Red beans

It’s better than it sounds. No, really. In China, the red bean has another name, love pea, or 相思豆. 豆 means bean, but 相思 is a Chinese word that contains a lot of meanings: lovesickness, yearning, infatuation and remembrance. It is said that long long ago, when a man went to war, his wife stood under a tree every day, looking forward to his return. The woman missed her husband so much that she cried every day. After her tears dried up, blood came out from her eyes. When those blood beads dropped onto the earth, a sprout appeared there. And when it grew into a big tree, it was covered with red beans, which just looked like the blood teardrops.

Wang Wei, a famous poet in the Tang Dynasty wrote a famous poem about the red beans, which made it more well-known as a symbol for deep love. A rough translation of the poem might be as follows:

The red bean grows in southern lands.
With spring its slender tendrils twine.
Gather for me some more, I pray,
Of fond remembrance is the sign.



So, if you receive a string of red beans, it means someone is missing you.


Handkerchiefs were another popular option. After having a good time together, people were always reluctant to say goodbye. In most cases,  they would shed tears silently. At that time, they took out their handkerchiefs, wiped each other’s tears, and left them with each other. Because handkerchiefs were usually made up of silk threads (丝), which has the same pronunciation with 思( lovesickness). A folk song written by Feng Menglong explained why handkerchiefs could express one’s feelings:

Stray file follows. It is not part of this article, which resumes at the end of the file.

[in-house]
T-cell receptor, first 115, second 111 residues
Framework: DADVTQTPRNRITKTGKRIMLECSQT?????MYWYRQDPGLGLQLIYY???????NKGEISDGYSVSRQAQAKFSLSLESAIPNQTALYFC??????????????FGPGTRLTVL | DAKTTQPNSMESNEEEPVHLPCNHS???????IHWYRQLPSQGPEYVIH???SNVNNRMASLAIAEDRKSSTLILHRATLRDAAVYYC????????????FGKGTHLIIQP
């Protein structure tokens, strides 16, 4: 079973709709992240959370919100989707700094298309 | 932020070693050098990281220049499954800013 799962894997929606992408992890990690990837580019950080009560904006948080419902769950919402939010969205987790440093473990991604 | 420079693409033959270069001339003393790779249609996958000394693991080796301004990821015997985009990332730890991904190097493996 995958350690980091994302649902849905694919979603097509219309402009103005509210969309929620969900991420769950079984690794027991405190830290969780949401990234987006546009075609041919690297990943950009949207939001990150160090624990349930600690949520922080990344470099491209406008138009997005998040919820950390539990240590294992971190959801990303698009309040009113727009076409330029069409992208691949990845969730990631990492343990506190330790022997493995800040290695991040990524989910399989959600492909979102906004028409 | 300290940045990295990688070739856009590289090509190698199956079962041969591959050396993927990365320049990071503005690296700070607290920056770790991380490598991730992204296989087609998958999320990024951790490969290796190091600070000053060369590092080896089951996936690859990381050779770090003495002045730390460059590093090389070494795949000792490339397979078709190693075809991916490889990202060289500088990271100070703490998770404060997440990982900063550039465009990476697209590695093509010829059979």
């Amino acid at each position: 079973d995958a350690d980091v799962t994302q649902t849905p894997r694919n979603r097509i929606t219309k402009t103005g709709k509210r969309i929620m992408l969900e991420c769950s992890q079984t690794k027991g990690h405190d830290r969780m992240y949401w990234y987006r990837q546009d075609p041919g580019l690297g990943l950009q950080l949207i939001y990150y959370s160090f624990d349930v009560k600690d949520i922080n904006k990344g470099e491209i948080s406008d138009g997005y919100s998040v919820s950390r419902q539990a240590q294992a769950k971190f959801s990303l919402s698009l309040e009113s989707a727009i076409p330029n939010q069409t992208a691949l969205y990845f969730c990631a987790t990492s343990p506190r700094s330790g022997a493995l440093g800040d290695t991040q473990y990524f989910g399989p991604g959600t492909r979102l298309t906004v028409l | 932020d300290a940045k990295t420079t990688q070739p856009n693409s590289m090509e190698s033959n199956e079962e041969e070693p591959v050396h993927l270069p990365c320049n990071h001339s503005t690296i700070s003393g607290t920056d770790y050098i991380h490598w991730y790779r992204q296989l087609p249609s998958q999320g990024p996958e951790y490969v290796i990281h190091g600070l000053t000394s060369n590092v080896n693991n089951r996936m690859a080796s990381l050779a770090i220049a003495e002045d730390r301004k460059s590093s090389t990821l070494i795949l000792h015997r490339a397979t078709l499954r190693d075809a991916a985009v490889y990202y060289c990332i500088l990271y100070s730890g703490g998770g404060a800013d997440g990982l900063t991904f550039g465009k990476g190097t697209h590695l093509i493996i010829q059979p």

I don’t write songs or poems,

Just send you a handkerchief with all my love;

Please look at the handkerchief carefully,

It is all made of threads (a pun for lovesickness). 






In bygone eras, hair had special significance and some would only cut it on special occasions, like weddings. When On the wedding night, the newlyweds’ hair would be tied together, so the husband and wife during their first marriage was also called a “hair-tied couple (结发夫妻)”. When people wish a couple a long life together, they will use the idiom “白头偕老”, literally meaning “become grey-haired together”. So, based on all of these, cutting off a wisp of hair and sending it to someone really meant something, just like a solemn oath. Even between lovers, hair was much more than just a regular gift. Sometimes it was even given as a farewell memento, or put in a sachet.


For similar reasons to hair, combs were a popular option. On the “The Night of Sevens”, also known as the “Chinese Valentine’s Day”, (the seventh of July according to the Chinese lunar calendar), people would send a comb to their lovers. According to the traditional customs, before a woman got married, her family would comb her hair, wishing her a long happy marriage. So buy your girlfriend a lovely comb on Chinese Valentine’s Day, she will love it.

Photo by Bryan Schneider from Pexels

Cover image from tieba.baidu.com